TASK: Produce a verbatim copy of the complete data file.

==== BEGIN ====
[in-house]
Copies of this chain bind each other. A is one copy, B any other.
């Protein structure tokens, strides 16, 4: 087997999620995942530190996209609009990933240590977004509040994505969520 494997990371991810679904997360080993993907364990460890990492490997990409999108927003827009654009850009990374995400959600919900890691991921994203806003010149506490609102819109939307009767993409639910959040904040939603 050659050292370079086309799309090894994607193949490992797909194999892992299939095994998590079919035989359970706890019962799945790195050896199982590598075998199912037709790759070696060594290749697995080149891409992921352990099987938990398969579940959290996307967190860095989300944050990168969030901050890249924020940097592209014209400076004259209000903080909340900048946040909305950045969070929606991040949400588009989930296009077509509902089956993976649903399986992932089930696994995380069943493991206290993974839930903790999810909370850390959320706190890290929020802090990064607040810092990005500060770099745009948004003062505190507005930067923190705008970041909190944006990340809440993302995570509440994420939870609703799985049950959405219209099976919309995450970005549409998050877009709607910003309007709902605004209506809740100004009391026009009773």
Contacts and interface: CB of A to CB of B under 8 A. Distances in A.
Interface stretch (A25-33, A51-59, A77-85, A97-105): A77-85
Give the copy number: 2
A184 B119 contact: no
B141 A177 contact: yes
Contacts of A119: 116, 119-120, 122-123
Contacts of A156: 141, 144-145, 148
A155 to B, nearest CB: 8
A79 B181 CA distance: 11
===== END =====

[in-house]
Copies of this chain bind each other. A is one copy, B any other.
């Protein structure tokens, strides 16, 4: 087997999620995942530190996209609009990933240590977004509040994505969520 494997990371991810679904997360080993993907364990460890990492490997990409999108927003827009654009850009990374995400959600919900890691991921994203806003010149506490609102819109939307009767993409639910959040904040939603 050659050292370079086309799309090894994607193949490992797909194999892992299939095994998590079919035989359970706890019962799945790195050896199982590598075998199912037709790759070696060594290749697995080149891409992921352990099987938990398969579940959290996307967190860095989300944050990168969030901050890249924020940097592209014209400076004259209000903080909340900048946040909305950045969070929606991040949400588009989930296009077509509902089956993976649903399986992932089930696994995380069943493991206290993974839930903790999810909370850390959320706190890290929020802090990064607040810092990005500060770099745009948004003062505190507005930067923190705008970041909190944006990340809440993302995570509440994420939870609703799985049950959405219209099976919309995450970005549409998050877009709607910003309007709902605004209506809740100004009391026009009773």
Contacts and interface: CB of A to CB of B under 8 A. Distances in A.
Interface stretch (A25-33, A51-59, A77-85, A97-105): A77-85
Give the copy number: 2
A184 B119 contact: no
B141 A177 contact: yes
Contacts of A119: 116, 119-120, 122-123
Contacts of A156: 141, 144-145, 148
A155 to B, nearest CB: 8
A79 B181 CA distance: 11